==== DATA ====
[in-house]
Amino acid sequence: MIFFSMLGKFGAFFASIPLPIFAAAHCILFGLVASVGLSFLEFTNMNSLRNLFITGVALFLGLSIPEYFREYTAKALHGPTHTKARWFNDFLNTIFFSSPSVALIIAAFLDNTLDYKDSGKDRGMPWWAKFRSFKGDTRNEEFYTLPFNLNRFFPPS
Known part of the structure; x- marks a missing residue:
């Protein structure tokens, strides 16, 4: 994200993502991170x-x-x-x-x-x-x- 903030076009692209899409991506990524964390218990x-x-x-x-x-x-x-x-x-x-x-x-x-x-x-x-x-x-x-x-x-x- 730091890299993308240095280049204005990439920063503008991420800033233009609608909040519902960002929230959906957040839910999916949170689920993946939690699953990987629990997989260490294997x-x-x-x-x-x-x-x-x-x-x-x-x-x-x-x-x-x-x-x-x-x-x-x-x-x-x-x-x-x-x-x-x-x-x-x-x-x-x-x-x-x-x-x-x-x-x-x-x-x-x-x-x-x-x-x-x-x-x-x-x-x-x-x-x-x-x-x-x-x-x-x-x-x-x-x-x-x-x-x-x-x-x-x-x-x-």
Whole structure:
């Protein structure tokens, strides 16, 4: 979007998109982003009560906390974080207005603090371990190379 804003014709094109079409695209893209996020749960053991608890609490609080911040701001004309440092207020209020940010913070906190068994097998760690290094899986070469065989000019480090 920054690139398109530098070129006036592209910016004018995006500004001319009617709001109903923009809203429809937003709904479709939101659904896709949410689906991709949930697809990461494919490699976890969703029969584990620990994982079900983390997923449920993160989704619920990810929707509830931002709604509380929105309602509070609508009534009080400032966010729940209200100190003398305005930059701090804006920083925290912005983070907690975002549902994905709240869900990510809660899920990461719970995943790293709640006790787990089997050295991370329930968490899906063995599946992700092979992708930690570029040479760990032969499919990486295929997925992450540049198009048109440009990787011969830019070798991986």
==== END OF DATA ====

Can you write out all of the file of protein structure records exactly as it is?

[in-house]
Amino acid sequence: MIFFSMLGKFGAFFASIPLPIFAAAHCILFGLVASVGLSFLEFTNMNSLRNLFITGVALFLGLSIPEYFREYTAKALHGPTHTKARWFNDFLNTIFFSSPSVALIIAAFLDNTLDYKDSGKDRGMPWWAKFRSFKGDTRNEEFYTLPFNLNRFFPPS
Known part of the structure; x- marks a missing residue:
């Protein structure tokens, strides 16, 4: 994200993502991170x-x-x-x-x-x-x- 903030076009692209899409991506990524964390218990x-x-x-x-x-x-x-x-x-x-x-x-x-x-x-x-x-x-x-x-x-x- 730091890299993308240095280049204005990439920063503008991420800033233009609608909040519902960002929230959906957040839910999916949170689920993946939690699953990987629990997989260490294997x-x-x-x-x-x-x-x-x-x-x-x-x-x-x-x-x-x-x-x-x-x-x-x-x-x-x-x-x-x-x-x-x-x-x-x-x-x-x-x-x-x-x-x-x-x-x-x-x-x-x-x-x-x-x-x-x-x-x-x-x-x-x-x-x-x-x-x-x-x-x-x-x-x-x-x-x-x-x-x-x-x-x-x-x-x-």
Whole structure:
């Protein structure tokens, strides 16, 4: 979007998109982003009560906390974080207005603090371990190379 804003014709094109079409695209893209996020749960053991608890609490609080911040701001004309440092207020209020940010913070906190068994097998760690290094899986070469065989000019480090 920054690139398109530098070129006036592209910016004018995006500004001319009617709001109903923009809203429809937003709904479709939101659904896709949410689906991709949930697809990461494919490699976890969703029969584990620990994982079900983390997923449920993160989704619920990810929707509830931002709604509380929105309602509070609508009534009080400032966010729940209200100190003398305005930059701090804006920083925290912005983070907690975002549902994905709240869900990510809660899920990461719970995943790293709640006790787990089997050295991370329930968490899906063995599946992700092979992708930690570029040479760990032969499919990486295929997925992450540049198009048109440009990787011969830019070798991986």